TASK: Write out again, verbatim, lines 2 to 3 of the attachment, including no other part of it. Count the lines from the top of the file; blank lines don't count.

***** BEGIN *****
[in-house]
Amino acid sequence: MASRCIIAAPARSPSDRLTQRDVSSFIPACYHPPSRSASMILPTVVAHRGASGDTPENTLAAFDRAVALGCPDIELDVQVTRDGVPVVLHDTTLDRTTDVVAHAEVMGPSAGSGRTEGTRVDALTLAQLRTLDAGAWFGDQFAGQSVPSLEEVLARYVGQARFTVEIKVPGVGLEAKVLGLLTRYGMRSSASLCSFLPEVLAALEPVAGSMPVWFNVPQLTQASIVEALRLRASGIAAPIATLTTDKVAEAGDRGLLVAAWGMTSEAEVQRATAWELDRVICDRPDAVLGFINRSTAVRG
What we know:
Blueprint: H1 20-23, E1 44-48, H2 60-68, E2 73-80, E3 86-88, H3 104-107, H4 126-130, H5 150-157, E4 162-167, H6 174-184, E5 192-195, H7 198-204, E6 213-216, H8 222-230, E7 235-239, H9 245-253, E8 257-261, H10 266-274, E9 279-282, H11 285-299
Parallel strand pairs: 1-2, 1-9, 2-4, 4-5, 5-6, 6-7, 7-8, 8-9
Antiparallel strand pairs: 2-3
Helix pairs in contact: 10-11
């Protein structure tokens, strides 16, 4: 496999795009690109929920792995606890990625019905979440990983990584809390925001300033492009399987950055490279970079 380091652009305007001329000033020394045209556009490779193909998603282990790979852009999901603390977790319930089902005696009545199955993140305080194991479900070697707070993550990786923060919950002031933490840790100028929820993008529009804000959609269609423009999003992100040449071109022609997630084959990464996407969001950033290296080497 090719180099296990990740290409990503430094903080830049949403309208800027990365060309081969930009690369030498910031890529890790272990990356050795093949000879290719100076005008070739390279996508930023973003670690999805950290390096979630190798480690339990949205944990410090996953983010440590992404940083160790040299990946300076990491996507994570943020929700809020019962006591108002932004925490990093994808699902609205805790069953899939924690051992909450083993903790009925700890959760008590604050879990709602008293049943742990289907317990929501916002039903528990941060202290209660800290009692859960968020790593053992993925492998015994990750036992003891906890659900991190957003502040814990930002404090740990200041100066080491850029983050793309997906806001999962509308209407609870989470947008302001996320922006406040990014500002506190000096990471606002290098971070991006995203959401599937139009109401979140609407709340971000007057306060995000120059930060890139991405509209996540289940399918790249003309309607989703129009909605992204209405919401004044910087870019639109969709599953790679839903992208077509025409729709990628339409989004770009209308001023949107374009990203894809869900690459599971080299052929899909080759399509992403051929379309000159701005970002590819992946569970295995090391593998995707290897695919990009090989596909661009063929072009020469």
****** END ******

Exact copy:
Amino acid sequence: MASRCIIAAPARSPSDRLTQRDVSSFIPACYHPPSRSASMILPTVVAHRGASGDTPENTLAAFDRAVALGCPDIELDVQVTRDGVPVVLHDTTLDRTTDVVAHAEVMGPSAGSGRTEGTRVDALTLAQLRTLDAGAWFGDQFAGQSVPSLEEVLARYVGQARFTVEIKVPGVGLEAKVLGLLTRYGMRSSASLCSFLPEVLAALEPVAGSMPVWFNVPQLTQASIVEALRLRASGIAAPIATLTTDKVAEAGDRGLLVAAWGMTSEAEVQRATAWELDRVICDRPDAVLGFINRSTAVRG
What we know: